Experts outline pros and cons of functional MR and PET in clinical arena

March 8, 2008

Some tantalizing glimpses into future clinical applications of functional MR and PET imaging were provided at Friday’s New Horizons session.

Some tantalizing glimpses into future clinical applications of functional MR and PET imaging were provided at Friday's New Horizons session.Using innovative sequence design and modern contrast media, most functional methods such as perfusion and diffusion can now be easily integrated into standard MRI protocols. This facilitates a combined assessment in a single exam, said moderator Dr. Marco Essig of the department of radiology at the German Cancer Research Center in Heidelberg. Although MR is still less sensitive than PET, fMRI tools are often used as a comparator for some assessments."The problem with MRI is that conventional imaging is not able to fulfill all the requirements," he said. "Functional MRI combines morphology and physiology/pathophysiology and is a possible solution"Essig listed the indications for perfusion as stroke, oncology (whole body), diseases such as rheumatism, and neurodegenerative diseases. Among the indications for diffusion MRI are neuroimaging research, neurosurgical planning, neurodegenerative diseases, oncology, and stroke.

He also listed the main requirements:

  • rapid, reproducible quantification of the functional data sets
  • comprehensible presentation of the results in an interdisciplinary experimental or clinical context
  • comparison of the acquired data with established methods and building of normal collectives
  • transfer of the results from functional imaging techniques into established or new therapeutic concepts and monitoring strategies

Dr. Frank Berger, a clinical researcher in radiology at the University of Munich, explained that angiogenesis is the hallmark in the pathophysiology of tumor growth and metastases, as well as being the target for many new treatments.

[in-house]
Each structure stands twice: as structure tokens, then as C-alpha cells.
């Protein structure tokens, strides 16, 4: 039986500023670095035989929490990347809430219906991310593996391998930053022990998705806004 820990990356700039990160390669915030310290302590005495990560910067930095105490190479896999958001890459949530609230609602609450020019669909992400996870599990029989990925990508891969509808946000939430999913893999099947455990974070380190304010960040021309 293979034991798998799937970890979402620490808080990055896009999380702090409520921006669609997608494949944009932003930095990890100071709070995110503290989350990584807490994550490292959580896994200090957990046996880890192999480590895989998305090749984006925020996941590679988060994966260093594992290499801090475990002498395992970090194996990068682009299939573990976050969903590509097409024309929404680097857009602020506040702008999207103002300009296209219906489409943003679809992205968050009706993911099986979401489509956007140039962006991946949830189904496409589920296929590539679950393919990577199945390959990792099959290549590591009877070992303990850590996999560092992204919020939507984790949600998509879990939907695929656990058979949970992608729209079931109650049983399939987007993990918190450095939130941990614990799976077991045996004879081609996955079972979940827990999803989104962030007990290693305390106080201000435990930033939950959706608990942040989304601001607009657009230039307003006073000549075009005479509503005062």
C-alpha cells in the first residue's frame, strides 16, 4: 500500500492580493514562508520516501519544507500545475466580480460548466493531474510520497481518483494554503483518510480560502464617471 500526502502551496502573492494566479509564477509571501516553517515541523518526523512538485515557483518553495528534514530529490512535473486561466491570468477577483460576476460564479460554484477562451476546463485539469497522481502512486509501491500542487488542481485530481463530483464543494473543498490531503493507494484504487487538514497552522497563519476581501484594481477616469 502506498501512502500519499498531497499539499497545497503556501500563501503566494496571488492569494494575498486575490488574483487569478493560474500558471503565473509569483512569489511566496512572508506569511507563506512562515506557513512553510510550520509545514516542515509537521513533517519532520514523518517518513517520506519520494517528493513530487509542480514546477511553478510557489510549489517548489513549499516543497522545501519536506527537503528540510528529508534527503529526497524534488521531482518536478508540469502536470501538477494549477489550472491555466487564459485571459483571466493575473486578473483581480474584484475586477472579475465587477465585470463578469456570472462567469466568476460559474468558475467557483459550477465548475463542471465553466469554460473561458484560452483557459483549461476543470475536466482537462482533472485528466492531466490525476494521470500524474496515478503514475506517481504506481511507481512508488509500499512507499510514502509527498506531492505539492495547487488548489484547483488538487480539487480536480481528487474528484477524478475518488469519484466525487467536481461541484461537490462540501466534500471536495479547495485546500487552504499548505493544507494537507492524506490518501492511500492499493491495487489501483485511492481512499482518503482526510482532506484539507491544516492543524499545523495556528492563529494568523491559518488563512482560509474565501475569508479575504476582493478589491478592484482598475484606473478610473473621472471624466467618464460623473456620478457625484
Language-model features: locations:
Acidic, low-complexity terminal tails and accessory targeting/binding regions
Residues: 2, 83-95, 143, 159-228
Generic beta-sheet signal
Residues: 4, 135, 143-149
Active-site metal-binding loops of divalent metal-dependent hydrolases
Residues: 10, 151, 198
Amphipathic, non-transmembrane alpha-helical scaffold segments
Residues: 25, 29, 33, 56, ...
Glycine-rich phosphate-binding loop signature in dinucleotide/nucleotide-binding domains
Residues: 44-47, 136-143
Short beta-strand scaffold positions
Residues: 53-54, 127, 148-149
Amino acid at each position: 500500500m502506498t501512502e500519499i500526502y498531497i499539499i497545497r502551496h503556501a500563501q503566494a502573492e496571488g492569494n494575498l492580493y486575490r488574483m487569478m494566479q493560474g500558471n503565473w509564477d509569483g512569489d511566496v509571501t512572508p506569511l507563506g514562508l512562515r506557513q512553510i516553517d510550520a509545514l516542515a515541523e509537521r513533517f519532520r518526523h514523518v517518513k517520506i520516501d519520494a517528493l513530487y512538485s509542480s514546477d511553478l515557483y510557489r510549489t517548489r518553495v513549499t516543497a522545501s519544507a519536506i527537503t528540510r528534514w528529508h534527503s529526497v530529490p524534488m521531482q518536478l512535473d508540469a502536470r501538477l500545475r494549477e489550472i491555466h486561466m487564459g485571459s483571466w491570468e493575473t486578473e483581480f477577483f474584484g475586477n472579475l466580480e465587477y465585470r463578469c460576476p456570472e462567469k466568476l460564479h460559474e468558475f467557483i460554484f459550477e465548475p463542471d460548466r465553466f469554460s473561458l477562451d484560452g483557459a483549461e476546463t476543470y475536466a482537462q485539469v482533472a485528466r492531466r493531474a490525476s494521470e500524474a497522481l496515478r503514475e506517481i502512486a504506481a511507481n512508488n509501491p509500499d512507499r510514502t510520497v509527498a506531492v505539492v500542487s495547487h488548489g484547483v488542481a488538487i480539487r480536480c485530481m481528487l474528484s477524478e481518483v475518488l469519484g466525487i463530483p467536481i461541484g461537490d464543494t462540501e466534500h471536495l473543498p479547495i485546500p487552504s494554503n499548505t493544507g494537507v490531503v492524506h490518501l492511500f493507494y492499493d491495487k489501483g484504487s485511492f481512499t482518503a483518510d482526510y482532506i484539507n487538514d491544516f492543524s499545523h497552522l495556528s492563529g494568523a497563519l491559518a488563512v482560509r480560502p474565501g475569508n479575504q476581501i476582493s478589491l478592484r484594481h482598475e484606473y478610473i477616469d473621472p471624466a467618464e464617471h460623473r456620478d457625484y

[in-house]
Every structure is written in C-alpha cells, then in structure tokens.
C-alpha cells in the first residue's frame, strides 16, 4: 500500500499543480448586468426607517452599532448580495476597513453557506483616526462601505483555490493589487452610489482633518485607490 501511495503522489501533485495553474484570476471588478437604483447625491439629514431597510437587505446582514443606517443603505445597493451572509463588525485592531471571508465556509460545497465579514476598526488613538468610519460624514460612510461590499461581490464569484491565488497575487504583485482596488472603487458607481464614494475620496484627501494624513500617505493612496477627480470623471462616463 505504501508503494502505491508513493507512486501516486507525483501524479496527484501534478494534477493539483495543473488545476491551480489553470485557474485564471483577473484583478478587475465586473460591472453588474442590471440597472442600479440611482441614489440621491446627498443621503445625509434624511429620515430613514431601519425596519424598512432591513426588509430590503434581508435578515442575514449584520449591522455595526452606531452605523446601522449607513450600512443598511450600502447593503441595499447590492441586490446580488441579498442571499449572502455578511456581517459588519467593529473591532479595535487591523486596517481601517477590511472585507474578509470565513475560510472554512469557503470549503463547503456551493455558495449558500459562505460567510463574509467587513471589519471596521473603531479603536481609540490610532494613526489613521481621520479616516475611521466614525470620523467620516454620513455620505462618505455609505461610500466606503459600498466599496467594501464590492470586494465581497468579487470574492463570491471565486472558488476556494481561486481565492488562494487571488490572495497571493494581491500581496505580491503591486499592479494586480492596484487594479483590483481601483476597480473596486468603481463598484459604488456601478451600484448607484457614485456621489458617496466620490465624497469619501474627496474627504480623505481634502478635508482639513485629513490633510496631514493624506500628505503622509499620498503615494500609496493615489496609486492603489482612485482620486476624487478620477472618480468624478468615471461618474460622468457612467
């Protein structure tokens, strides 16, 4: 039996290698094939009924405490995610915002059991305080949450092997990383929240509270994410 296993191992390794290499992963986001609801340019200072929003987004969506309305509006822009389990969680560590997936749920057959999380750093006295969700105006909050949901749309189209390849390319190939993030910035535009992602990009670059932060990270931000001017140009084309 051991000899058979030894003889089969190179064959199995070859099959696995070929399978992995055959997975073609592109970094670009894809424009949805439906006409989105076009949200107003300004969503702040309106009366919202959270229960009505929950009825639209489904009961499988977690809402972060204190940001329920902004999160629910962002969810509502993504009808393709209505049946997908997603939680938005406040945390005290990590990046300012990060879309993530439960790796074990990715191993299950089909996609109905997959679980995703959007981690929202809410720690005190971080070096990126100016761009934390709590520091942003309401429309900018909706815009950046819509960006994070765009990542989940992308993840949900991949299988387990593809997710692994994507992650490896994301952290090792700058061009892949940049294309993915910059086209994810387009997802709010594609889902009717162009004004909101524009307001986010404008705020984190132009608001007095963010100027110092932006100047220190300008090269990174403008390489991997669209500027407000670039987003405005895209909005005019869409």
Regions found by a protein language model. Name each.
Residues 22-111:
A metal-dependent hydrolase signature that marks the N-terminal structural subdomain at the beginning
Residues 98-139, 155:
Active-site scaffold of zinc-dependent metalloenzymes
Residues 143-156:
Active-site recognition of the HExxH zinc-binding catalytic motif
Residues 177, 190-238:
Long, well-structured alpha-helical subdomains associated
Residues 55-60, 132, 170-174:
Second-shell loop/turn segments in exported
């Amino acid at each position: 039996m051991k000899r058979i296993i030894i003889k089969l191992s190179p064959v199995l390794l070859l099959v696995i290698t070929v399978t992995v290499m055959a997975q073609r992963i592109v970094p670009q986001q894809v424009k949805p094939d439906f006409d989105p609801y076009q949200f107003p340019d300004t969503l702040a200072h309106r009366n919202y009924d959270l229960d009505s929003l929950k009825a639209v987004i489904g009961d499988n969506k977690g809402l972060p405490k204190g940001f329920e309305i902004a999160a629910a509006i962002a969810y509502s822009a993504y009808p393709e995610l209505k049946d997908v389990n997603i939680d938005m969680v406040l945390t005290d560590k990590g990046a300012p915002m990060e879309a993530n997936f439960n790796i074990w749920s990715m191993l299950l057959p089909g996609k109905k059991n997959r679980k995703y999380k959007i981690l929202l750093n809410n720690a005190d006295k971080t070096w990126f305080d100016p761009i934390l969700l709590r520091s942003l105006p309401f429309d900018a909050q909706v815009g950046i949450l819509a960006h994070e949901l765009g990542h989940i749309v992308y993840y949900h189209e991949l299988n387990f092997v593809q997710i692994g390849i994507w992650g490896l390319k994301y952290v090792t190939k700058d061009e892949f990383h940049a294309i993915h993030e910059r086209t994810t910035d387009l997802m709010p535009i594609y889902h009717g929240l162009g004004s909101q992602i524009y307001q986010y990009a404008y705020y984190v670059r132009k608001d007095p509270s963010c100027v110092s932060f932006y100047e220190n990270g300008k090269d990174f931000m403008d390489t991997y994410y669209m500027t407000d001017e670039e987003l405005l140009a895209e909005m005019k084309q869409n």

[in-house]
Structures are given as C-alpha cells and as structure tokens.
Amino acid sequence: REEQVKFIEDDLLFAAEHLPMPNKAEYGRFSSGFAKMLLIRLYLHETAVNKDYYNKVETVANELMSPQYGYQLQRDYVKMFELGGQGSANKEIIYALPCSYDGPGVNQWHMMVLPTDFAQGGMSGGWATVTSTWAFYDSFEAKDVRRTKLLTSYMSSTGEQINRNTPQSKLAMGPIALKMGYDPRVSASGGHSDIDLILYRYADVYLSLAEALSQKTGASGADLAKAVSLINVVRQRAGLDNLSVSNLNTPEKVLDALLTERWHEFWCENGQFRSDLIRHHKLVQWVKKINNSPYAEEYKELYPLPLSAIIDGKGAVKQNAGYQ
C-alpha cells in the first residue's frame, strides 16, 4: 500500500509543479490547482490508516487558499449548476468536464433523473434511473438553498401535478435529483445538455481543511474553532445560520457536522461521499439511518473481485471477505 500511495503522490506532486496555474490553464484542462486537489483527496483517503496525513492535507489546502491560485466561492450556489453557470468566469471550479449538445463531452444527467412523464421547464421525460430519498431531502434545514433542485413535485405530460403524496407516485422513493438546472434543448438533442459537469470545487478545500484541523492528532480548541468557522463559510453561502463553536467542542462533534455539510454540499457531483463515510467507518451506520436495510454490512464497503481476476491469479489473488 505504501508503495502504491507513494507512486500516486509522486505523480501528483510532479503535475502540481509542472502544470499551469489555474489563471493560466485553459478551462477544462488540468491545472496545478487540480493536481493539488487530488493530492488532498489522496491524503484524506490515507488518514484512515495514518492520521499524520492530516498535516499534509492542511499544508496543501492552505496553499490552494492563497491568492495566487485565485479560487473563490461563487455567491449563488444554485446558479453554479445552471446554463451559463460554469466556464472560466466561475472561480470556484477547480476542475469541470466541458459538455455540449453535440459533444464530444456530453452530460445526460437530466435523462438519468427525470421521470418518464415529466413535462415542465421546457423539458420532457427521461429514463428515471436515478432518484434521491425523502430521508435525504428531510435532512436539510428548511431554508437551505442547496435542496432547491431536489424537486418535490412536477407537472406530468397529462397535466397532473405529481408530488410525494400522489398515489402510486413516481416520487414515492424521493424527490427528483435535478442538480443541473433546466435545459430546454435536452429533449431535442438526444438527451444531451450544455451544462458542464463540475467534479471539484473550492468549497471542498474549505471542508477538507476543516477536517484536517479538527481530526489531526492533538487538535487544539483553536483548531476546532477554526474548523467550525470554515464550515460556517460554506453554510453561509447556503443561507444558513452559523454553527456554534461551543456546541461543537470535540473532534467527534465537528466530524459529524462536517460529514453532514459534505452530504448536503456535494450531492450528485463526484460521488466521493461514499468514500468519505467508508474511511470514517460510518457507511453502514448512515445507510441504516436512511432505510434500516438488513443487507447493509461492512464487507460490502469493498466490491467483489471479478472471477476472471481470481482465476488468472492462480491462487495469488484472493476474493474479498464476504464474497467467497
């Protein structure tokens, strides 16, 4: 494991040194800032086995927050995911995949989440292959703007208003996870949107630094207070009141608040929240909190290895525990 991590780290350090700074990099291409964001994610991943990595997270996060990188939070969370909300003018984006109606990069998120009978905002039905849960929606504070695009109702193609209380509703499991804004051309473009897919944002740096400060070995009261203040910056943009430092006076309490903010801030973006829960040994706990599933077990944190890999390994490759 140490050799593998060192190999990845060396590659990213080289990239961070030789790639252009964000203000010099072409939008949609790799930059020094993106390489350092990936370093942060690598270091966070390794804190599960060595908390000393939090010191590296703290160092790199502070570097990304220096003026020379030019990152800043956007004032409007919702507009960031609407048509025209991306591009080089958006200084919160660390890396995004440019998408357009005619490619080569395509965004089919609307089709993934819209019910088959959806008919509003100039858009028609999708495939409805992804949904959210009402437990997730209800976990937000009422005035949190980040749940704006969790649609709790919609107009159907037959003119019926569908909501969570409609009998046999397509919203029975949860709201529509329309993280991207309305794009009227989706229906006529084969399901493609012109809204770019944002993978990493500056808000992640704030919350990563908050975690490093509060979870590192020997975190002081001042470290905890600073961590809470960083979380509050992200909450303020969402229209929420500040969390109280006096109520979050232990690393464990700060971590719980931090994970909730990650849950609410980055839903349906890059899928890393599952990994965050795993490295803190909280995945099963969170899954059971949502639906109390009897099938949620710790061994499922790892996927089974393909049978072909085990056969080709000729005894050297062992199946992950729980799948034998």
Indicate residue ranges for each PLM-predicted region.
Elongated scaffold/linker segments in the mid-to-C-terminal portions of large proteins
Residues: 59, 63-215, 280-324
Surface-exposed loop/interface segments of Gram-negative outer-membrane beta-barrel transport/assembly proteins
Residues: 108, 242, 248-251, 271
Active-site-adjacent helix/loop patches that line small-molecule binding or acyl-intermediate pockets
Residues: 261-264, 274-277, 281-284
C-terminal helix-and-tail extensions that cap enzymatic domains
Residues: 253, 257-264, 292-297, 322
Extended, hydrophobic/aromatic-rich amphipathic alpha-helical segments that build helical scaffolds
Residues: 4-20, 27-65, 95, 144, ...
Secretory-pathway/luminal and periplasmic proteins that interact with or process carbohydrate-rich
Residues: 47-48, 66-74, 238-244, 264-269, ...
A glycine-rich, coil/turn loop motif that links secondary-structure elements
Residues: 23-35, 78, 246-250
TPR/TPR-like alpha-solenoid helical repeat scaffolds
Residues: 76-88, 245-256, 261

In tumors with a diameter of more than 2 mm, passive diffusion is no longer sufficient to reveal the viability of malignant cells, and neovascularization is a necessity. Tumors beyond the occult stage can activate the "angiogenic switch," he said.There are several vascular treatments of cancer. Anti-angiogenic agents block or inhibit the growth of new blood vessels, while vascular disrupting agents destroy or compromise the function of existing blood vessels by targeting more mature vessels and the vessel wall. They are generally cytotoxic to endothelial cells. Vascular modifying agents, on the other hand, change the vasculature in a way that is favorable for the use of other treatments."A considerable number of new vascular treatments continue to fail at phase III and beyond," Berger said. "There is a need for biomarkers that can improve the selection of candidate therapies. Not every treatment is effective in every person. Also, there is a need for predictive tests that can aid selection of treatment in everyday clinical practice."Angiogenesis is a complex process involving many steps, defying a single-method approach, he said. Studying the individual molecular process requires very sensitive methods, but there is no gold standard and many imaging tests are in the early stages of validation.Berger noted that although CT perfusion is widely available and faster and easier to perform than MR, and quantification is straightforward, the technique suffers from poor anatomical coverage, low sensitivity for detecting current contrast agents, and additional radiation exposure.PET and PET/CT, however, can provide essential information in staging and grading of various tumors, treatment monitoring, and detection of recurrences. PET/CT from the head to the pelvic floor can be obtained in less than 10 minutes, and soon the resolution of PET will increase to 3 to 4 mm, according to Prof. Hans Steinert, a senior physician at the Clinic for Nuclear Medicine, Zurich University Hospital.An exciting area for PET researchers is the development of molecular imaging probes, including specific tracers that can be used to detect hypoxia (fluorine-18 misonidazole) and proliferative activity (F-18 thymidine). Hypoxia and tumor cell proliferation contribute to resistance to radiotherapy in head and neck tumor cells. Currently, assessment of these two tumor characteristics is performed in biopsies using immunohistochemical staining and subsequent analysis.Evaluating new cytotoxic drugs is another emerging field, where early identification of inactive compounds and nonresponding tumors may become feasible."Many more ligands are under development for imaging of angiogenesis, apoptosis, and reporter gene expression," Steinert said.